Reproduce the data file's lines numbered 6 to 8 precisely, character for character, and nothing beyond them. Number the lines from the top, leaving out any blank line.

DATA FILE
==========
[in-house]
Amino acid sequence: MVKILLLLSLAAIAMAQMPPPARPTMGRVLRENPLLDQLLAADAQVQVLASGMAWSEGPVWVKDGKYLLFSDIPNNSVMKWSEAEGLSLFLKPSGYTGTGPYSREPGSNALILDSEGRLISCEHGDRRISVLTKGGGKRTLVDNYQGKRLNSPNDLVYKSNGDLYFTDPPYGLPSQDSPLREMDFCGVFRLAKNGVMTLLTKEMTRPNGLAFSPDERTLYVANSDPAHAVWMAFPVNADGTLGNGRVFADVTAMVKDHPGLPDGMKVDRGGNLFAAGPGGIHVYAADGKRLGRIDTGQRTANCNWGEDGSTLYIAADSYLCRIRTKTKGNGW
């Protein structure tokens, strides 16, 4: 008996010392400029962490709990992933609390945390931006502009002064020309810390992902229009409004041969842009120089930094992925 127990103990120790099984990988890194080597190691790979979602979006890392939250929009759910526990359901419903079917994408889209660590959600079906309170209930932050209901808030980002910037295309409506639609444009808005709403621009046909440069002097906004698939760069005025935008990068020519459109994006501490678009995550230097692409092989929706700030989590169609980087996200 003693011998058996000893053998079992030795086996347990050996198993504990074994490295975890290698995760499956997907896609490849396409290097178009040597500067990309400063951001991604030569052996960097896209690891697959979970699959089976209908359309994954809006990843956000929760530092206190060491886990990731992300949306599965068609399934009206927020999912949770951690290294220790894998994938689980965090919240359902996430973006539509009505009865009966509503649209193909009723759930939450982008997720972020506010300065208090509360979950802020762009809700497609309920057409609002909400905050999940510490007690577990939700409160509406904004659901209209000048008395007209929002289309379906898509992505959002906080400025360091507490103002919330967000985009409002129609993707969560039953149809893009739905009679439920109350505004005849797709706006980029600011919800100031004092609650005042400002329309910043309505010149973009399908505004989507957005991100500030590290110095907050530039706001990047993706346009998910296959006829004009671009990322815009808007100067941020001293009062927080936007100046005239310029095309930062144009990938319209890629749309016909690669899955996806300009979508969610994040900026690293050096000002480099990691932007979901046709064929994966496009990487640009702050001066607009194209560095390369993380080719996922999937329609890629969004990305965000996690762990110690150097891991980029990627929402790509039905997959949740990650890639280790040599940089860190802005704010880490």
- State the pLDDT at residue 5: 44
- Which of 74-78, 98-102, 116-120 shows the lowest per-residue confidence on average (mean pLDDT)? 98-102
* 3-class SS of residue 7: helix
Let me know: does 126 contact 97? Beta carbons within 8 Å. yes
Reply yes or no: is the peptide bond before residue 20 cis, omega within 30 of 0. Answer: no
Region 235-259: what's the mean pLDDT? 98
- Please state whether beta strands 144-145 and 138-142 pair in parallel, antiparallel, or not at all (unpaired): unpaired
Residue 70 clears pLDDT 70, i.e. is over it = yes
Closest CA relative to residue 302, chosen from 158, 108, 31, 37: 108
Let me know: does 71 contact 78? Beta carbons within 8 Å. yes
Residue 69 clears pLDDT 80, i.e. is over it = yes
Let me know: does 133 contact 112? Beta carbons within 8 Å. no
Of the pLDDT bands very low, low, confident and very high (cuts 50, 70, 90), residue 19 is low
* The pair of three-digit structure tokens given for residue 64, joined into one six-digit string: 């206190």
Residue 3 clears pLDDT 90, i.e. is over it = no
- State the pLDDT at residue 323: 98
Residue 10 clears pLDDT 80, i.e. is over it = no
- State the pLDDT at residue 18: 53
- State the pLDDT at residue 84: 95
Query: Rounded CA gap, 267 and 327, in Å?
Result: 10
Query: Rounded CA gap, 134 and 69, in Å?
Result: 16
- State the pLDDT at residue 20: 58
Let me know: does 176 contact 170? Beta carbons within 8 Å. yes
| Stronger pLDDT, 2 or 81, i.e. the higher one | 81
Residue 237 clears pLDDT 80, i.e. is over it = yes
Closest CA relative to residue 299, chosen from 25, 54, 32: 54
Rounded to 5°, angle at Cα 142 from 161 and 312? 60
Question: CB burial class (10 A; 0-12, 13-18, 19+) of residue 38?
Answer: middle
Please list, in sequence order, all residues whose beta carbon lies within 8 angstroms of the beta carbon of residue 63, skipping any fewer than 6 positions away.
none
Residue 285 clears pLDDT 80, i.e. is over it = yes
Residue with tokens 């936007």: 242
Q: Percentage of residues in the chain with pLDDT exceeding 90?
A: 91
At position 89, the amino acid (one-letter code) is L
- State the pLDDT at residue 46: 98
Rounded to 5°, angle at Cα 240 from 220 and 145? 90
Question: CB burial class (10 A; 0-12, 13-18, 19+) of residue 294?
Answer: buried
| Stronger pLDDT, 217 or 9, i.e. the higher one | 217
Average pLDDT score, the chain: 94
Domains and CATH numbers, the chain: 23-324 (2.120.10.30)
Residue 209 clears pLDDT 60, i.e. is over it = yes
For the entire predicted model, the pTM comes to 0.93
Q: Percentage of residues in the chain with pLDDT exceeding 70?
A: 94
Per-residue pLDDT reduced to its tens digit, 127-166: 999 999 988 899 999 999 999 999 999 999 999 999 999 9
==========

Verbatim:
* 3-class SS of residue 7: helix
Let me know: does 126 contact 97? Beta carbons within 8 Å. yes
Reply yes or no: is the peptide bond before residue 20 cis, omega within 30 of 0. Answer: no